The pharmacology of calcium entry blockers (CEB), as used in various types of cardiovascular disease, is reviewed. Their vasodilator potency is analyzed, which is the most common therapeutic characteristic of all CEB, apart from the antiarrhythmic activity of verapamil. All CEB relax vascular smooth muscle, particularly in arteriolar beds, thus reducing peripheral vascular resistance. Arteriolar relaxation appears to be associated with inhibition of transmembrane calcium influx. Recent studies have demonstrated that vasoconstriction induced by stimulation of vascular postsynaptic alpha 2-adrenoceptors, using selective agonists, is reduced by CEB through a noncompetitive mechanism. However, vasoconstriction evoked by selective excitation of vascular alpha 1-adrenoceptors remains virtually uninfluenced by CEB. The selective interference of CEB with alpha 2-adrenoceptor stimulation suggests that calcium movement is associated with alpha 2-adrenoceptor stimulation. This mechanism may further contribute to the vasodilator effect of CEB by inhibiting that part of vascular tone evoked by the stimulation of alpha 2-adrenoceptors by endogenous catecholamines.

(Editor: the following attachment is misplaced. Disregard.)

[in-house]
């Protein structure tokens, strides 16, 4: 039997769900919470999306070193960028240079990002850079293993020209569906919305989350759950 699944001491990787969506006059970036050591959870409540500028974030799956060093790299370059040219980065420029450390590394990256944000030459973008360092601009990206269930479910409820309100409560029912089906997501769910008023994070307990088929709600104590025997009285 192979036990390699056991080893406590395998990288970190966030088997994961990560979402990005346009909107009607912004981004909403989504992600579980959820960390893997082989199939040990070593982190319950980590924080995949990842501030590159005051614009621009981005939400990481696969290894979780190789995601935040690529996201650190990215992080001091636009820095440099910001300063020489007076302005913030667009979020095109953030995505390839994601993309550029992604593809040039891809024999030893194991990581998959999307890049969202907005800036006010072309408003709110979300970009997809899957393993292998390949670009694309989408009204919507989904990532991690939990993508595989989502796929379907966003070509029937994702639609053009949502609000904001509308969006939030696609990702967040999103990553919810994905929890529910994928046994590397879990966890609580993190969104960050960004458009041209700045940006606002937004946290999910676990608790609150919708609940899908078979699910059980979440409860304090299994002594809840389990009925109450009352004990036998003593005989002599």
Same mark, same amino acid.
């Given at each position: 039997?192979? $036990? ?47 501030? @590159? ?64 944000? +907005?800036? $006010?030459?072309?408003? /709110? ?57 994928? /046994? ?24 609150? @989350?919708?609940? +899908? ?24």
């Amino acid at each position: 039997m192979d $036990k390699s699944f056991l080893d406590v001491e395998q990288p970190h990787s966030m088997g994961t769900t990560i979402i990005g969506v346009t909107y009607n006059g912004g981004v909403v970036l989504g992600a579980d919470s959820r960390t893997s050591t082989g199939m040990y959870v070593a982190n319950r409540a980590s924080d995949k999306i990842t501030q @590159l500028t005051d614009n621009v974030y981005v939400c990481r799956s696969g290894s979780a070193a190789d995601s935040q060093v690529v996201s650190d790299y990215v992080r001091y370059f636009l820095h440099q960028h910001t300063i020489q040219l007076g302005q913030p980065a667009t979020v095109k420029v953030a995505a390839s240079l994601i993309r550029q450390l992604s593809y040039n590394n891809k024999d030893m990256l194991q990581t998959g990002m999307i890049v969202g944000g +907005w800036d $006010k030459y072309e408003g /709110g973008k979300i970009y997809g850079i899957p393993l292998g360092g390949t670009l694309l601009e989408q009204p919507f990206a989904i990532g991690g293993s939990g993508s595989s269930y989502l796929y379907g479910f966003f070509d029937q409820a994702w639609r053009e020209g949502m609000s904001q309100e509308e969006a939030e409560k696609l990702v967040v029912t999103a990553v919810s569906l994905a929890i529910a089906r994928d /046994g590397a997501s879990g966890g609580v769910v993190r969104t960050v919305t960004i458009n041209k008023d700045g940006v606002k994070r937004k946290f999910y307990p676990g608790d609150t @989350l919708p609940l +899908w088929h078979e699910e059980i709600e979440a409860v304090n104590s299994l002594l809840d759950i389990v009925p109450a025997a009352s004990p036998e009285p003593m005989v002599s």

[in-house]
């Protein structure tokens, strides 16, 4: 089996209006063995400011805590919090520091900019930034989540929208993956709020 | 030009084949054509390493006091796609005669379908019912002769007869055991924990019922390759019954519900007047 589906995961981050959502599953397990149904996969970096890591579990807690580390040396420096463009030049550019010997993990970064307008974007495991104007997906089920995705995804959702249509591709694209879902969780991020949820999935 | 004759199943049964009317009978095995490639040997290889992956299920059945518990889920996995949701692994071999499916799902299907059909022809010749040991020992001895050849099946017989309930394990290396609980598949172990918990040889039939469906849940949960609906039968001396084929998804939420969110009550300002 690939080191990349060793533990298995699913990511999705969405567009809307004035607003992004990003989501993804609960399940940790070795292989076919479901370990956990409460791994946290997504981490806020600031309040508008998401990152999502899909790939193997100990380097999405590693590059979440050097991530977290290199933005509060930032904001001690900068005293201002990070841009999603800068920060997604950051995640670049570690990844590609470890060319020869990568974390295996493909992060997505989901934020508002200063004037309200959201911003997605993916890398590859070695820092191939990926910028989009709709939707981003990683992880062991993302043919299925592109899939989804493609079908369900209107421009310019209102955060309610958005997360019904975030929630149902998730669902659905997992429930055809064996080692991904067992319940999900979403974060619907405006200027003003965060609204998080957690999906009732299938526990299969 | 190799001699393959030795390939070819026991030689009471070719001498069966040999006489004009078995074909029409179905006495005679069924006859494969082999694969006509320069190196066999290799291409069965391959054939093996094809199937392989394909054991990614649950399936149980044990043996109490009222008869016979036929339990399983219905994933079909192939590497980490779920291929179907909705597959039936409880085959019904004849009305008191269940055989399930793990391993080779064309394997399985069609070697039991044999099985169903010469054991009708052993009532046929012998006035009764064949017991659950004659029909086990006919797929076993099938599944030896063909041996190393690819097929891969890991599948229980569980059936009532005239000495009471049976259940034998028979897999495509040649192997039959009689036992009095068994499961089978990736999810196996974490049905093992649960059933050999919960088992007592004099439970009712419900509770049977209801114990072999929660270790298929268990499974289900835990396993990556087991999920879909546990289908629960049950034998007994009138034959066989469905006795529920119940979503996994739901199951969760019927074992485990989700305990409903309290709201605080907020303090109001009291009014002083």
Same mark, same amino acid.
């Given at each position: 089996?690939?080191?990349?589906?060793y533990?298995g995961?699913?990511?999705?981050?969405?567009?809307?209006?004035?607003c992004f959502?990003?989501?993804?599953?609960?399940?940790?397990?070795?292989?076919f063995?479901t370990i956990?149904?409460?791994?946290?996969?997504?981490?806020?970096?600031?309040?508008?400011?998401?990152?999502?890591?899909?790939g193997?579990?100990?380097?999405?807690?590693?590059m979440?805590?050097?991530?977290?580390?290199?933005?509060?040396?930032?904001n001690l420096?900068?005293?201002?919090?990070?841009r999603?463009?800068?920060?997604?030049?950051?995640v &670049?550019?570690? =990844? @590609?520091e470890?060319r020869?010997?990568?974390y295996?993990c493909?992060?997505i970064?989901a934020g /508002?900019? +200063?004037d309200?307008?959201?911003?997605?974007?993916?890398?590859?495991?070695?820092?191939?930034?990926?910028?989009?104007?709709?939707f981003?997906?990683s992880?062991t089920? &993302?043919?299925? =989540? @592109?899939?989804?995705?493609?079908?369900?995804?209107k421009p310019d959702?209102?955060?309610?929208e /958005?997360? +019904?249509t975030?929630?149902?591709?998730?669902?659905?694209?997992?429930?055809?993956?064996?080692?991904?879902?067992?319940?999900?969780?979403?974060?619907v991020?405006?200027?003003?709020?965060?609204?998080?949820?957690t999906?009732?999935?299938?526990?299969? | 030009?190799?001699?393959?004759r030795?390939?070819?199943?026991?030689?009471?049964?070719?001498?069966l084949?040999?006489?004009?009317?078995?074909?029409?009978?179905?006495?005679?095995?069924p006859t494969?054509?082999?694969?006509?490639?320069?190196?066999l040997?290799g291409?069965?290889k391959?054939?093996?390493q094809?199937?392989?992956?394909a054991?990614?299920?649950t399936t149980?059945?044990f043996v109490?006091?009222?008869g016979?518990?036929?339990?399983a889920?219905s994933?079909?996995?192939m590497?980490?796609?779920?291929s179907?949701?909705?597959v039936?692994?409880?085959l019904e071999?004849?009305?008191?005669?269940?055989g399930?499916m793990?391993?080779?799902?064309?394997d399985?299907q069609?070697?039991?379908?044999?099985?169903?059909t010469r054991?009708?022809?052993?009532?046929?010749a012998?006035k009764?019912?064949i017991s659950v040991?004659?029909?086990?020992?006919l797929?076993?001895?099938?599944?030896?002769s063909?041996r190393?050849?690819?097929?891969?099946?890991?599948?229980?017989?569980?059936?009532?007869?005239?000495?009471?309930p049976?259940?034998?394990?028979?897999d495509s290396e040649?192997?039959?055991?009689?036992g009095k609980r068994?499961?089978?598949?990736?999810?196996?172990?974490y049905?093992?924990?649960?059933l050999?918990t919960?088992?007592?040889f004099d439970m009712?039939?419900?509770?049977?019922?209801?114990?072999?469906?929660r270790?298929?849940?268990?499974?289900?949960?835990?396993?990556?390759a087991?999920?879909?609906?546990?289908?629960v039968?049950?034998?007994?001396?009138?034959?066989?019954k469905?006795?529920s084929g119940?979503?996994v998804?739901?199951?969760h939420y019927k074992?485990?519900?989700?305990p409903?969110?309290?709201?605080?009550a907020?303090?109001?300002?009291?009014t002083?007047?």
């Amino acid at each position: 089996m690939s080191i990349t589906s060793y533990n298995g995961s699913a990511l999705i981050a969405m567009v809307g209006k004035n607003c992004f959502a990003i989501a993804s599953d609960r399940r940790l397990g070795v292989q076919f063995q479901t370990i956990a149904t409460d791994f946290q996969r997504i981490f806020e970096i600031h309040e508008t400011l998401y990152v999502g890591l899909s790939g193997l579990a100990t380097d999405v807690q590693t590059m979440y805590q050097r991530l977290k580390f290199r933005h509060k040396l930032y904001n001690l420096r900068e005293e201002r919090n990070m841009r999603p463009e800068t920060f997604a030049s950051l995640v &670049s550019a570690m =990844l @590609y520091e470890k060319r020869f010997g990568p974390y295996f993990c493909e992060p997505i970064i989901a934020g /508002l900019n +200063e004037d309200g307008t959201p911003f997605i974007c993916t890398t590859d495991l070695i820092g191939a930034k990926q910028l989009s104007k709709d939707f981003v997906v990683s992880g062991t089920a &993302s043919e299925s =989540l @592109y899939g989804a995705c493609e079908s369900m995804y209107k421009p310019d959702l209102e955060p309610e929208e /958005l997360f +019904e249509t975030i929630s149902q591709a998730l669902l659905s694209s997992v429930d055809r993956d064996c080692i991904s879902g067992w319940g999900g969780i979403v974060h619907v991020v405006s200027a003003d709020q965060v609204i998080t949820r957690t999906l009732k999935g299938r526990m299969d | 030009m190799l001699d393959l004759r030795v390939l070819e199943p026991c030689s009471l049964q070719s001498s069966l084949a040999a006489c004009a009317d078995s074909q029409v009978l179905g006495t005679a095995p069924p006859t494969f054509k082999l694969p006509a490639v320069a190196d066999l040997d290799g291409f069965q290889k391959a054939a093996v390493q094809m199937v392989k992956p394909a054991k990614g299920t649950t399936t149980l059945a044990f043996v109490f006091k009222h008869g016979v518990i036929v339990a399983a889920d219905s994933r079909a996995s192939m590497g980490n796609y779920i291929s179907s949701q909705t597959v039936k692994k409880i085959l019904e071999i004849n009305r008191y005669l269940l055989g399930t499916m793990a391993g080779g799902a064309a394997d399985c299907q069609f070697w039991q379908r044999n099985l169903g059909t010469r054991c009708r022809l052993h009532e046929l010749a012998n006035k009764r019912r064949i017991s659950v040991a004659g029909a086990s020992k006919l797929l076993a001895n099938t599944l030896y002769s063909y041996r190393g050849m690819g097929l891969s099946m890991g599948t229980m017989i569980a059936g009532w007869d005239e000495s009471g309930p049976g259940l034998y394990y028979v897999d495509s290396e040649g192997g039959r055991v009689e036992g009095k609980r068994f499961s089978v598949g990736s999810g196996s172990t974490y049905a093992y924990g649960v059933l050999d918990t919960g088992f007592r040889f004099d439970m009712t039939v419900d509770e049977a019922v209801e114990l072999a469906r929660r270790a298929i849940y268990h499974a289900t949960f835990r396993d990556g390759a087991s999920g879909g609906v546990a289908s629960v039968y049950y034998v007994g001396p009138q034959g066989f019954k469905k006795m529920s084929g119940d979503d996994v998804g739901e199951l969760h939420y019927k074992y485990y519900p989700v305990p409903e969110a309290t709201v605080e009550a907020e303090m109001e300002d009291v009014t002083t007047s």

- Copyright © 1983 by American Heart Association